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Month – September 2017

Beneath the Skin

The author says:

Genre: Horror/Urban Fantasy – Silent Hill meets Supernatural. Comparable book: Dresden Files

Publishable, but feel like something is off or missing in the design. May use too much white.

Elevator pitch: In the second book, Iris and Ben find themselves in a small mining town in the middle of a snow storm. An old friend called them there due to strange murders that could be related to a shape-shifter they are hunting.

Nathan says:

Now, because this is the second in a series, I didn’t want to give any advice which would run counter to branding, so I looked up the first book in the series:

So far, so good.  I like that you both kept the title font and sigil behind it, while varying other details like the angle of the title and the size of the figure.

In fact, my biggest suggestion is both simple and, frankly, one that you will slap yourself over:

Move the title up.

Not only will that help match the layout with the first book, but it will isolate the woman’s head from the title and sigil.  The figure will seem more stark and purposeful if her head is more clearly separated from both title and background.

Looks good! Any other suggestions?

A Way Out [resubmit]

The author says:

This is a resubmission for A Way Out. I’ve taken some feedback and came up with this as a possible final product. I’d just need to purchase the flower image so please ignore the watermarks. This memoir is about overcoming depression and anxiety, and finding happiness on the other side. The cover is meant to show hope, that beyond the tears and storms in my mind, it’s possible for recovery and your life can turn into something beautiful.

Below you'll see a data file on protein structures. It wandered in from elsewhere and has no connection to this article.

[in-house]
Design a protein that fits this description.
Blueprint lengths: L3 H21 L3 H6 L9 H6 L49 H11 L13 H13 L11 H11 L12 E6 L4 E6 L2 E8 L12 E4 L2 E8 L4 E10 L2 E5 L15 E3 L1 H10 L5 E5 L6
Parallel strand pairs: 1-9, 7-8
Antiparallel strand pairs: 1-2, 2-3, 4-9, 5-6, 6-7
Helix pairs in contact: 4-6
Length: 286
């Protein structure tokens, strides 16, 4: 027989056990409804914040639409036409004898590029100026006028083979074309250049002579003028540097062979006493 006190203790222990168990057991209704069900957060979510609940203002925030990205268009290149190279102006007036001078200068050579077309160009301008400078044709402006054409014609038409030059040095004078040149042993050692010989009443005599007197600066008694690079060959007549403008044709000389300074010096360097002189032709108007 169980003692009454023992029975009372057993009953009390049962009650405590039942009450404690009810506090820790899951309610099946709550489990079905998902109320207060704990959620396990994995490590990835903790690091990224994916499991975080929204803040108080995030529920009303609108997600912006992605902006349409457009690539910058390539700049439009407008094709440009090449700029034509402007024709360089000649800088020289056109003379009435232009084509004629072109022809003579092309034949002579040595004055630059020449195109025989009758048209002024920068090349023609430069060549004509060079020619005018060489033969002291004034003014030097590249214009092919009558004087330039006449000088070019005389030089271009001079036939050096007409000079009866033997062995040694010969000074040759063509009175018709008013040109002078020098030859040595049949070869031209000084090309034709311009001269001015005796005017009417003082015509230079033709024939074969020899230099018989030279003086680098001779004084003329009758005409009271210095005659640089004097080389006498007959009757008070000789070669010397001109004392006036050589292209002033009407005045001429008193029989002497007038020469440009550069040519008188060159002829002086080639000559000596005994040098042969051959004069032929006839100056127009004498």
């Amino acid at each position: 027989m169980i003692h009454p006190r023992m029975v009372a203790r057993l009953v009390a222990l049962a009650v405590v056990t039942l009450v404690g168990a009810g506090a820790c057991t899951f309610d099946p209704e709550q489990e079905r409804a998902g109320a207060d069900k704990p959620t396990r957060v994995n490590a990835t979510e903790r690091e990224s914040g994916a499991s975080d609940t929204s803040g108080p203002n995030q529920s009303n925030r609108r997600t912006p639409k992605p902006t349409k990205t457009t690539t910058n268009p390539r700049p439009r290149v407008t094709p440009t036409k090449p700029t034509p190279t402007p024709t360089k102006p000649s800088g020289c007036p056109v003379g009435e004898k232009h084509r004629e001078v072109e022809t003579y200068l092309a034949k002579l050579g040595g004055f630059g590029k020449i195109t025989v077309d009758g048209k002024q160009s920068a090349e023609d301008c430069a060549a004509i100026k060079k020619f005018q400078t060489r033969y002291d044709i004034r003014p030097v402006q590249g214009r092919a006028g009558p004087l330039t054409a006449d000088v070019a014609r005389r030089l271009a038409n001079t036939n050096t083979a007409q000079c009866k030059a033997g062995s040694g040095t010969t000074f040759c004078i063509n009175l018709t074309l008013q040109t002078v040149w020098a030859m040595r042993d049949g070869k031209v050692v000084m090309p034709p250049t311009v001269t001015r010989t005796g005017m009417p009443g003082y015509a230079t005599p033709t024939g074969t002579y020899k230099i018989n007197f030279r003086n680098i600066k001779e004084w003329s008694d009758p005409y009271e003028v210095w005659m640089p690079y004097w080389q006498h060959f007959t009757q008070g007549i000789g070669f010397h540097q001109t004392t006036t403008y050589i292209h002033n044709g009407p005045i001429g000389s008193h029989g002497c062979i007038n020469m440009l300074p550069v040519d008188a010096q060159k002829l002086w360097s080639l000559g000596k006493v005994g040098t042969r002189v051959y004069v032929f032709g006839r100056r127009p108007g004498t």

[original submission and comments here]

Nathan says:

You’ve done a great job of integrating the comments given with the original submission.

The biggest thing that sticks out to me is that the waterdrop is now off-center, but not so much off-center that it appears intentional.  I would bring the drop back to the center; there’s still enough of the face showing on its left to make the flower silhouette recognizable.  In fact, I’d make the drop bigger — with the title enclosed in the drop, the whole title has gotten a little smaller and harder to read since the last version; I’d make the drop large enough to stretch from top to bottom across that empty space, then play with exactly where the head silhouette should be behind it.

The other thing that strikes me is that having “A MEMOIR OF CONQUERING” in larger type to fill the line makes it seem louder or more important than the next line, which it isn’t.  I’d make the type in the first line the same size as the second line, and not worry about it extending side to side.

Good work!

Any other comments?

William’s Game

The author says:

After the death of businessman William Schulz, five people receive a letter saying that they are receiving a portion of William’s fortunes in the inheritance. When the five people meet at the mansion, they soon find themselves in a sadistic game of William’s imagination. Locked inside, they have to find the murderer and kill them before they’re killed.

Nathan says:

You may be doing something clever here with the five red stripes, but that’s negated by the fact that you’re also using a variation of the most generic and most boring ebook cover template.  At least you didn’t choose the even-more-generic variation:

Really, the only advice here is to start over and treat your cover as something that deserves thought and effort, rather than something you don’t care about.

Saving Foxwood

The author says:

“Saving Foxwood” is a Regency romance, so the target audience is primarily women, especially those who like Georgette Heyer. It’s about a woman who marries beneath herself to save her home.

Nathan says:

I’m definitely not the target audience, but my perusal of the genre strongly suggests that most successful covers feature definite romantic imagery — the couple in question, or at very least one of the two romantic participants.  If your novel is actually a Regency romance (as opposed to, say, a historical novel which contains a romance), you probably want to use your cover image to brand yourself as being solidly in the genre.

There are definitely other problems here — the lack of contrast between “Foxwood” and the background, the blank space at the top that gives it an unbalanced feel, the unnecessary “by” in the byline — but I think you need to step back and revise the initial concept first.

Other thoughts?

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